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The Paul Mach Blog - June 2010

Living life on the edge... of the road
Photo by Musa Zaid

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June 2010

Monday, June 28, 2010 - General
Classic composition Last weekend, to escape the Davis heat, I headed up to Tahoe for a ride. While circumnavigating the lake I took this classic Burke shot (1 2 3).

Funny thing is, to take the picture I had to get off my bike and stand behind it. Seems like Burke's "I'll just casually take a sweet iPhone picture with my bike to show I rode up here" pics aren't so casual after all.

I also participated in Sierra Nevada Hill Climb TT #2. It was a nice little climb up Mt. Rose from the Lake Tahoe side. I ended up second... to Jesse Miller-Smith... a cat. 2... who had just finished working the night shift..... I'm not going to lie, I cried a little bit.

As a side that note, one of my wife's students used that last phrase as a supporting argument while asking for more time on a test. I guess even Davis High has its share of bad apples... roast!

For those of you that bothered to read this far, I have some extra special news for you. Well, more like rumors, Tour de Nez rumors.

First, next year they plan on having the prologue start inside the casino, you'll zoom past the all the slots before heading outside.

Next, they want to add a road race. Something that should be made easier with a changing of the guard at Tahoe's CHP.

Lastly, I heard the Truckee crit was canceled because they couldn't find any local businesses to sponsor. Sad times we live in.

Of course those are all rumors, rumors about a race 11.5 months away.

Monday, June 21, 2010 - Race Reports
The first thing I heard when the wife and I got to Nevada City was, "I don't get cycling, all they do is sit there and zoom by." Hey dude with beer and confederate flag, 7 words: National Association for Stock Car Auto Racing.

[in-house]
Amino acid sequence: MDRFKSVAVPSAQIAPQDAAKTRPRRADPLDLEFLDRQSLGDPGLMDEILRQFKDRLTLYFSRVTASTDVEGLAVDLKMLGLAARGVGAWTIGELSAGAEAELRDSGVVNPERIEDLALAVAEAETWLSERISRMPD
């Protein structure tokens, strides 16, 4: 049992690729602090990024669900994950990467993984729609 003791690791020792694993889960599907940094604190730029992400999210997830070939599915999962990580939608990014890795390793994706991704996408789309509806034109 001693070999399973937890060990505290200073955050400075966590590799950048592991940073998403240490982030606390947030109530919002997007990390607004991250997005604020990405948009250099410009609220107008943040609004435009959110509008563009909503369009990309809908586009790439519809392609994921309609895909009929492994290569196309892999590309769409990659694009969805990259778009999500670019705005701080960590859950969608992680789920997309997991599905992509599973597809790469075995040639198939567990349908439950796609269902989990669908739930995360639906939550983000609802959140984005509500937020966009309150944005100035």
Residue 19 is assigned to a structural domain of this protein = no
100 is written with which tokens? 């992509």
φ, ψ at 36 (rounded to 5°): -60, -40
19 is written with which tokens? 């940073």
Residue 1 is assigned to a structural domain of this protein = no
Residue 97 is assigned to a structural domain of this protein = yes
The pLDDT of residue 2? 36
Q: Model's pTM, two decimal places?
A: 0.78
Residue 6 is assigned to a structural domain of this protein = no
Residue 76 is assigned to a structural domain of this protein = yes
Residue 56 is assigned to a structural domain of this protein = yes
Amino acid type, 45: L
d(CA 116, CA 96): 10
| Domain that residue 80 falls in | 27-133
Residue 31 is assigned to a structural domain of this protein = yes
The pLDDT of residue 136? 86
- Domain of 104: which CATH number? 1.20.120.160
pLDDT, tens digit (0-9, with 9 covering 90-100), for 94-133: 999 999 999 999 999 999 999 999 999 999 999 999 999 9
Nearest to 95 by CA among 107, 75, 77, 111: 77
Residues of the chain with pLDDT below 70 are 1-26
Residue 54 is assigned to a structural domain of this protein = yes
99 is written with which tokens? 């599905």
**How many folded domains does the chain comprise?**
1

So yesterday was Father's Day, but it was also Nevada City Classic day. It was a hard race, but I guess most races worth remembering are, and this one was pretty sweet. There was chalk on the roads and the cheering was off the hook.

At one point, someone on the inside of the top left hander chanted, "Paul Mach," like 10 times in rapid succession. It worked so well that Burke Swindlehurst stopped pedaling and looked around confused. Good work out there everyone.

It took about 45 minutes for a break to form. I put in one of those, I'm so dead I hope everyone else is, kind of attacks. I was soon joined by Burke, Floyd Landis, Zach Davies, Ian Boswell and Adam Switters. Once Ian was there we put in a couple digs up the climb to establish the break.

Towards the end Burke attacked and got a lot of time on us. We played games for a bit 'cause we were all tired. But, in the end, I had to recognize that since we had two in the break, Bissell was going to have to bring him back. At about 5 to go I laid it down for a few laps and with help from Floyd we managed to catch Burke.

On the last lap, Zach attacked and I gave chase but was exploding. I looked back to see only Ian on my wheel so I buried it to get him as far up as possible. In that moment, right at the top, Ian came through and attacked for the win, it was impressive.
one-two It was a big win for 19-year-old Ian Boswell, who, for the record, had been racing bikes longer than me.

His Dad was so excited that all he could talk about was how this might mean he won't have to pay his kid's car insurance anymore. Now that would be a sweet Father's Day gift.

Sunday, June 20, 2010 - Race Reports
The Tour de Nez ended yesterday with a circuit race at Northstar. We did 90 minutes around a tough little course at the village.

Ian and I weren't feeling all that super and I knew I didn't have the legs to pull off some hero move. That was fine, I figured we could at least get in a breakaway or something.

Both Ian and I rode pretty aggresively, throwing down multiple attacks. I tried the full spectrum: dumb ones, smart ones, weak ones, strong ones. But nothing seemed to work.

The few times it did work, I'd look back and we'd have a big gap, then look back again a few seconds later to see the field fast approaching.

Soon after the dude doing the pulling would roll up next to me, breathing through his eyeballs, and give me a look. I'm not sure what he was expecting, I didn't have any gold star stickers with me.

Anyway, in the middle of all this hoopla, Graham Howard and Burke Swindlehurst managed to get away with no response from the peloton. That made me laugh.

Then someone said to me, "We need to keep the pace up to bring them back." Those guys are ex-Bissell teammates and good friends, so I had no interest in that. Graham ended up taking the win, with Burke second. Good on them.

Overall, it seemed like the peloton was too tired to attack, but more than willing to chase. That situation usually leads to sprint finishes, i.e., lame races.

Oh well, we'll give it another shot today at Nevada City. Maybe the legs will come around, maybe they won't. You'll just have to come out and see.

Saturday, June 19, 2010 - Race Reports